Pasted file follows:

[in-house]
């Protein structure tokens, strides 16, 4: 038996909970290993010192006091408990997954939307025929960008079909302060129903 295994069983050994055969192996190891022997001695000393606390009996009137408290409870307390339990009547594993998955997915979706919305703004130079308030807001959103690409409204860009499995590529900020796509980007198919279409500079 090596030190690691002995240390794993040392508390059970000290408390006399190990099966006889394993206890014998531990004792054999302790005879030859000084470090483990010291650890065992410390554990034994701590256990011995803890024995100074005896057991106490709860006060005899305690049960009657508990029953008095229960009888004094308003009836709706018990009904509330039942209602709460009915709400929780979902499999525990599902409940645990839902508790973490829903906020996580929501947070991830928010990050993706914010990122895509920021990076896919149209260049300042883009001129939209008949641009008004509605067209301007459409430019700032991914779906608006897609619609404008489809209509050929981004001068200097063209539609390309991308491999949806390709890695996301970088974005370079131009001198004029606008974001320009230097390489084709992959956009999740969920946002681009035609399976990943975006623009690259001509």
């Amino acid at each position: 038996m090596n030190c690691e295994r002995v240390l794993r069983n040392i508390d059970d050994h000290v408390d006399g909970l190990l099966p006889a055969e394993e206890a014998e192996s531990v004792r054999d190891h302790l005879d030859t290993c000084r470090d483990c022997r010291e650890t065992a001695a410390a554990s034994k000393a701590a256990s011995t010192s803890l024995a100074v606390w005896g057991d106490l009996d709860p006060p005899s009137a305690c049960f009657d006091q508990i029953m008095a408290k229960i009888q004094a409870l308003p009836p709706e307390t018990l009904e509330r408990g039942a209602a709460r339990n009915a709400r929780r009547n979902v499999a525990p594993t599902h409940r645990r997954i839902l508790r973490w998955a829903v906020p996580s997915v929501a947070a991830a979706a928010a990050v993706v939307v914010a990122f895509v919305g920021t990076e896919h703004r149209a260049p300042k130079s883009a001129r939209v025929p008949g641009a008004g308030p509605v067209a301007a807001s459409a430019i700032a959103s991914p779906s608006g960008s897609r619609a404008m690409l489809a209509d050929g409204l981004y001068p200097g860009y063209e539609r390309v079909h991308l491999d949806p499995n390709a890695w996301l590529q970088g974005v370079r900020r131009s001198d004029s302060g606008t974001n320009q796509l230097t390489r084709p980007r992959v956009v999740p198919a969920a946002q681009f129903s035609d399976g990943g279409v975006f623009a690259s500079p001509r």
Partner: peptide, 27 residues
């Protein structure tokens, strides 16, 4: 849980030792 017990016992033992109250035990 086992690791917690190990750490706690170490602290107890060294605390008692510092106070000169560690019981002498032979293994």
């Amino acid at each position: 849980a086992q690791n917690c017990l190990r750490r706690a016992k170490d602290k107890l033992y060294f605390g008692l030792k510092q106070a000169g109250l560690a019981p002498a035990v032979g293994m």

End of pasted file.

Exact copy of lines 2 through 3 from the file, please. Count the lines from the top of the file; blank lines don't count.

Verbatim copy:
């Protein structure tokens, strides 16, 4: 038996909970290993010192006091408990997954939307025929960008079909302060129903 295994069983050994055969192996190891022997001695000393606390009996009137408290409870307390339990009547594993998955997915979706919305703004130079308030807001959103690409409204860009499995590529900020796509980007198919279409500079 090596030190690691002995240390794993040392508390059970000290408390006399190990099966006889394993206890014998531990004792054999302790005879030859000084470090483990010291650890065992410390554990034994701590256990011995803890024995100074005896057991106490709860006060005899305690049960009657508990029953008095229960009888004094308003009836709706018990009904509330039942209602709460009915709400929780979902499999525990599902409940645990839902508790973490829903906020996580929501947070991830928010990050993706914010990122895509920021990076896919149209260049300042883009001129939209008949641009008004509605067209301007459409430019700032991914779906608006897609619609404008489809209509050929981004001068200097063209539609390309991308491999949806390709890695996301970088974005370079131009001198004029606008974001320009230097390489084709992959956009999740969920946002681009035609399976990943975006623009690259001509």
């Amino acid at each position: 038996m090596n030190c690691e295994r002995v240390l794993r069983n040392i508390d059970d050994h000290v408390d006399g909970l190990l099966p006889a055969e394993e206890a014998e192996s531990v004792r054999d190891h302790l005879d030859t290993c000084r470090d483990c022997r010291e650890t065992a001695a410390a554990s034994k000393a701590a256990s011995t010192s803890l024995a100074v606390w005896g057991d106490l009996d709860p006060p005899s009137a305690c049960f009657d006091q508990i029953m008095a408290k229960i009888q004094a409870l308003p009836p709706e307390t018990l009904e509330r408990g039942a209602a709460r339990n009915a709400r929780r009547n979902v499999a525990p594993t599902h409940r645990r997954i839902l508790r973490w998955a829903v906020p996580s997915v929501a947070a991830a979706a928010a990050v993706v939307v914010a990122f895509v919305g920021t990076e896919h703004r149209a260049p300042k130079s883009a001129r939209v025929p008949g641009a008004g308030p509605v067209a301007a807001s459409a430019i700032a959103s991914p779906s608006g960008s897609r619609a404008m690409l489809a209509d050929g409204l981004y001068p200097g860009y063209e539609r390309v079909h991308l491999d949806p499995n390709a890695w996301l590529q970088g974005v370079r900020r131009s001198d004029s302060g606008t974001n320009q796509l230097t390489r084709p980007r992959v956009v999740p198919a969920a946002q681009f129903s035609d399976g990943g279409v975006f623009a690259s500079p001509r």